Ray Kinney’s 1948 Delahaye 135M Chapron was almost flawless. It just needed the skills of master craftsman Robert Massengale to get it running perfectly.
That meant the three carburetors would have to be rebuilt and synchronized, the brakes were locking up and that needed to be corrected, a bent shaft in the starter had to be straightened, it was past time for the 17-year-old tires to be replaced, so were the battery cables, and then full lubrication for the gear box and rear axle along with oil, coolant, and grease fittings.
So, Robert could then greet the car’s owner with, “Take a look, perfection has been achieved!”
Robert’s highly developed talents have made him a top choice among area collectors of amazing cars. There doesn’t seem to be any challenge he can’t meet. He finds the parts he needs for almost anything that comes his way.
When something is so rare that there’s simply nothing available anywhere, he uses his fabrication skills and machines from scratch whatever is required to produce solutions to almost any mechanical problem or bodywork for just about everything that comes his way.
The greater the challenge, the more motivated he becomes in solving it. A visit to his shop provides an opportunity to see some work in progress and, for someone like me, it’s an observation that produces a response of, “Wow – how do you do that!?” >>>
This amazing classic was designed by French automobile coachbuilder, Henri Chapron, who had developed custom body designs beginning in the 1920s that included special presidential models for the governments of Charles de Gaulle and Georges Pompidou.
Those were four-door convertibles first used for the visit of Queen Elizabeth II to France and continued through the inauguration of Jacques Chirac in 1995, long after Chapron’s death in 1978.
The Delahaye 135 heritage includes winning the Monte Carlo rally in 1937 and the grueling 24 Hours of Le Mans the following year. Two more Delahayes came in second and fourth that year, and a year later, they finished first, second and fourth.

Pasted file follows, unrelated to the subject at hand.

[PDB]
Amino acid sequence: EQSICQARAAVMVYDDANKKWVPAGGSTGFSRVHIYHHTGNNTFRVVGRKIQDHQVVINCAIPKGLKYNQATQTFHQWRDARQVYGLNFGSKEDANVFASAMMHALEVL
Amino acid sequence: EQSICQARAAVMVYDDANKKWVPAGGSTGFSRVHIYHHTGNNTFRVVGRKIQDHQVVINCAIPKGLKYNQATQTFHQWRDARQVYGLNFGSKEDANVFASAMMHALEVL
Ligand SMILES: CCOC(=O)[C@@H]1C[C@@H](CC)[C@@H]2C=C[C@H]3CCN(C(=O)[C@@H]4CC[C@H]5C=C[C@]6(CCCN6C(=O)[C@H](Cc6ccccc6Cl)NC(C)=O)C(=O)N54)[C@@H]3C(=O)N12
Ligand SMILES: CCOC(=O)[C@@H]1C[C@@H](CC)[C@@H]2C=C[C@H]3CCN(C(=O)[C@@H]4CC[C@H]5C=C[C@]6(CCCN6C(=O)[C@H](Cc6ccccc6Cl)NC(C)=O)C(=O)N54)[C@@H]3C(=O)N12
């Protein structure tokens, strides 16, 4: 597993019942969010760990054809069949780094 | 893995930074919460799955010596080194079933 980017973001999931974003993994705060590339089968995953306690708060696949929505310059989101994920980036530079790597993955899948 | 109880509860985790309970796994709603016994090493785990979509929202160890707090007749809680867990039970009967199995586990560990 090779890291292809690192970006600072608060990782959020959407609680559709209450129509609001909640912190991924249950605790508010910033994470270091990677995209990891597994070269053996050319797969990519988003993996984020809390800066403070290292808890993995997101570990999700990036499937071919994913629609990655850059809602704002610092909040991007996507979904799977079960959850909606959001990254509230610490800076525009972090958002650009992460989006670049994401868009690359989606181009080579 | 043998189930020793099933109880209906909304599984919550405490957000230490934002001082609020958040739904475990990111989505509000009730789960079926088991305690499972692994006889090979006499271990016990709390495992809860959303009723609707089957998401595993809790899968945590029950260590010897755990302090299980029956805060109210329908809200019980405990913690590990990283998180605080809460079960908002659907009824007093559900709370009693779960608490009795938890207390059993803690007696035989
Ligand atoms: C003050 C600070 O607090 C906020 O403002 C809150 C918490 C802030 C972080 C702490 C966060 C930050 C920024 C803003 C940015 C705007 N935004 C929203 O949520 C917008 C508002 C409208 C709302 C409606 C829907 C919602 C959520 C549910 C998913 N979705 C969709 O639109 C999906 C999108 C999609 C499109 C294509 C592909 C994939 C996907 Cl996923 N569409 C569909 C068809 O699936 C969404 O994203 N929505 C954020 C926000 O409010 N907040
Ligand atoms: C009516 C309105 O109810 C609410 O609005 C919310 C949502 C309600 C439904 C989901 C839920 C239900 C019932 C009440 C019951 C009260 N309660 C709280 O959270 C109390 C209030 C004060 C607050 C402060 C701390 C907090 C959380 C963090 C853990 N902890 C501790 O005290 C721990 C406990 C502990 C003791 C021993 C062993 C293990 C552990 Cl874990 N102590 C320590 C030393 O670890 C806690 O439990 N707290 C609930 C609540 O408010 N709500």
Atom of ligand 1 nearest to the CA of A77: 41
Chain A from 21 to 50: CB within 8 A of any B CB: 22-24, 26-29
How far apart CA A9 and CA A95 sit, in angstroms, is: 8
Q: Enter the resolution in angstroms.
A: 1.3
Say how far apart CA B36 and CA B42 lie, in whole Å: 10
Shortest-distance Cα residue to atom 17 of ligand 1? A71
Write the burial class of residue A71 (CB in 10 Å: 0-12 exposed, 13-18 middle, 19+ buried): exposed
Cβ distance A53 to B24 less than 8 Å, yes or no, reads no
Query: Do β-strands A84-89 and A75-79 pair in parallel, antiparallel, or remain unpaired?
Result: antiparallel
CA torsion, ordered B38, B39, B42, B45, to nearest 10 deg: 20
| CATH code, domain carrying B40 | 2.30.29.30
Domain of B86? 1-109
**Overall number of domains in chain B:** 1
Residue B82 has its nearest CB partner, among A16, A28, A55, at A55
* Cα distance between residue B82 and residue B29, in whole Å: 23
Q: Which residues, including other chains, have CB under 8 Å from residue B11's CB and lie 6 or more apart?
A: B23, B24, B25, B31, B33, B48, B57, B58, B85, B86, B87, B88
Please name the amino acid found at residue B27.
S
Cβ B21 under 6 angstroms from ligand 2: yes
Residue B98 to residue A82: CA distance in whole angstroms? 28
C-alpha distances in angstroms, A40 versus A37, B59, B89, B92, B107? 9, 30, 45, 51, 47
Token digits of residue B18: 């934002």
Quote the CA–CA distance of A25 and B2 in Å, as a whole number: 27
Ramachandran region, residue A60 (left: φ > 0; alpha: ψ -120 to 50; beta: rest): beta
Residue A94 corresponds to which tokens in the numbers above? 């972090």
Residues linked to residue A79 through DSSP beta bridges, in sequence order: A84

Twelve years later, the first ever Australian Grand Prix, staged over 35 laps of the race track laid out on the runways of a World War II airbase, was run a distance of 150.5 miles. Aussie racing hero John Crouch was in control of the open wheel version of the Delahaye on that occasion and piloted it to a first-place win in just an hour and 49 minutes.
So, the provenance that comes with Kinney’s Delahaye spans three-quarters of a century. Owning one of these classics puts you in rare company and assures the admiration of collectors the world over.
Also known as “Coupe des Alpes” after its success in the Alpine Rally, the Delahaye 135 was first presented in 1935 following the auto maker’s decision to build sportier cars.
Innovations included independent, leaf-sprung front suspension, a live real axle, cable-operated Bendix brakes, 17-inch spoked wheels and a partially synchronized four-speed manual transmission.
Take a look at the shifter on the dashboard and you can imagine the engineering that developed the technology to move the car through the gears with a little more than a nudge of the handy chrome knob.
It is powered by a formidable inline, 6-cylinder engine with those three carburetors producing about 140 horsepower.
The prestigious Classic Driver website recently featured one of these cars and summed it up, “Delahayes have always been remarkable automobiles. They are interesting, quick, easy to control, and astonishing to look at.”
No one would challenge that conclusion because it’s all so very true.